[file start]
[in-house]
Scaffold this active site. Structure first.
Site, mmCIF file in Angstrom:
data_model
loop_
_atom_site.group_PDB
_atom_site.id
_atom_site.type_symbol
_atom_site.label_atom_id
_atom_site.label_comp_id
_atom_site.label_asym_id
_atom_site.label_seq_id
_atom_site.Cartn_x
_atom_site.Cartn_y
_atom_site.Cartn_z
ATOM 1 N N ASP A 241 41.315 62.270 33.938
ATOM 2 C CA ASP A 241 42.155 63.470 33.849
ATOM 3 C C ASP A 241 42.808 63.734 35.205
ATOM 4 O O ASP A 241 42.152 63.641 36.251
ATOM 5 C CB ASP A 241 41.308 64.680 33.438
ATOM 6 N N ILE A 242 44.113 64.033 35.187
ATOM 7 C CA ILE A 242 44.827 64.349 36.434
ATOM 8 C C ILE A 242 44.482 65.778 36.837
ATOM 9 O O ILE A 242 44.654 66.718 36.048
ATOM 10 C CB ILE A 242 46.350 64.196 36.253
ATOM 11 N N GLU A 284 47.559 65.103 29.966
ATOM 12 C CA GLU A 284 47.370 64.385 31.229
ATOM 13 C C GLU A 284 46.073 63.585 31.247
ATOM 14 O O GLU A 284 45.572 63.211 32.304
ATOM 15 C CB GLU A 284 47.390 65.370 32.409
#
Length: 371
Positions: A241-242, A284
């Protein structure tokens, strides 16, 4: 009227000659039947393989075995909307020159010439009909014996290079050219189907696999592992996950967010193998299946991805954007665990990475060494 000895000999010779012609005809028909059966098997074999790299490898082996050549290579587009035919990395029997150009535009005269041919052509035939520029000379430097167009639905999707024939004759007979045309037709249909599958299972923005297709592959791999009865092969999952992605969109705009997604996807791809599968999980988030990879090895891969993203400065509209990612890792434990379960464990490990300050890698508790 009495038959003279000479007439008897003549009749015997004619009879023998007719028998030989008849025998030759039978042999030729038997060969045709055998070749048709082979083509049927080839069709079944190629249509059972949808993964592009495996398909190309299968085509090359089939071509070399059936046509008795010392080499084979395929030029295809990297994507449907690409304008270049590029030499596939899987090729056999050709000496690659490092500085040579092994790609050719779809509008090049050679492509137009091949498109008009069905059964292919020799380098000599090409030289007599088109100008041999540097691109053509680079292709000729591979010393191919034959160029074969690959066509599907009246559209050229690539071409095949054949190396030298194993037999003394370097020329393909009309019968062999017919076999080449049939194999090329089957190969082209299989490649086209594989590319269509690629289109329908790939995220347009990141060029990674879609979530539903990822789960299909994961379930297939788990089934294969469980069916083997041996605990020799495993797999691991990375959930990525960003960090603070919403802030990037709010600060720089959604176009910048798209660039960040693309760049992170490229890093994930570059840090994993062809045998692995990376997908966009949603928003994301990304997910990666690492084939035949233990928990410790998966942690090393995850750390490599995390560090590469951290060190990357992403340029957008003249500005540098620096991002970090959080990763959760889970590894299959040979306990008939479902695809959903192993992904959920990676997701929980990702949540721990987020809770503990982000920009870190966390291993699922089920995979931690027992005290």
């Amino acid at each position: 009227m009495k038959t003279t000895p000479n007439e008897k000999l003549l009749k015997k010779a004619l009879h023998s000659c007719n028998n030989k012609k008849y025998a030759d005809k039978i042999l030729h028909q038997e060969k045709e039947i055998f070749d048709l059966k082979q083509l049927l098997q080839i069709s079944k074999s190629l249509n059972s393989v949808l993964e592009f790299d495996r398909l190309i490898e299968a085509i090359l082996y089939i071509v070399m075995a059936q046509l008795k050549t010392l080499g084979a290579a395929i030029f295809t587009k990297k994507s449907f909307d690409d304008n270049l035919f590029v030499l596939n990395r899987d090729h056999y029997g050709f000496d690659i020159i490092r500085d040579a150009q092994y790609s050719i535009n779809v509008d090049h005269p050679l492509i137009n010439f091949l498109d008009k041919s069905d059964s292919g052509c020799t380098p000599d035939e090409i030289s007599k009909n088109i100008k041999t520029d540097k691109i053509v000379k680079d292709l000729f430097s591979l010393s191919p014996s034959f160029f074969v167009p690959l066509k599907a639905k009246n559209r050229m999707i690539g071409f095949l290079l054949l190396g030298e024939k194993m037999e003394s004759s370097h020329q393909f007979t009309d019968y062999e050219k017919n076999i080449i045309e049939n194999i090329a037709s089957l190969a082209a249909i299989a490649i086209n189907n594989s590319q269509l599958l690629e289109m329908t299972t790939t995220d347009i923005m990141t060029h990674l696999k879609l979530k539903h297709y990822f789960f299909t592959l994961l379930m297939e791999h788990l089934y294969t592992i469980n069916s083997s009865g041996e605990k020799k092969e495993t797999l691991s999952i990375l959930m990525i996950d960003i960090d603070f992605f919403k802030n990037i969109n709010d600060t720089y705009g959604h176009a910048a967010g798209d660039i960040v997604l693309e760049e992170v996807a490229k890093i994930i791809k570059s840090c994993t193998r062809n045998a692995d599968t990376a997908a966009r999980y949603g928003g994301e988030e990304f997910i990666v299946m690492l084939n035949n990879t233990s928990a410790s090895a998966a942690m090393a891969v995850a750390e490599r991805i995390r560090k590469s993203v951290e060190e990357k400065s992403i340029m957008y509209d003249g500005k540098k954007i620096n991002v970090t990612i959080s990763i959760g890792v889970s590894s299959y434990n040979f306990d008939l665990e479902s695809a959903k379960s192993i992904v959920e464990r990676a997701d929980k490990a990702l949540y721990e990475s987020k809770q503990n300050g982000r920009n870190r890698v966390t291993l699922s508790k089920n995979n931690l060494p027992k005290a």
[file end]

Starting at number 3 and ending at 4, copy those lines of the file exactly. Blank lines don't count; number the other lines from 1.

Site, mmCIF file in Angstrom:
data_model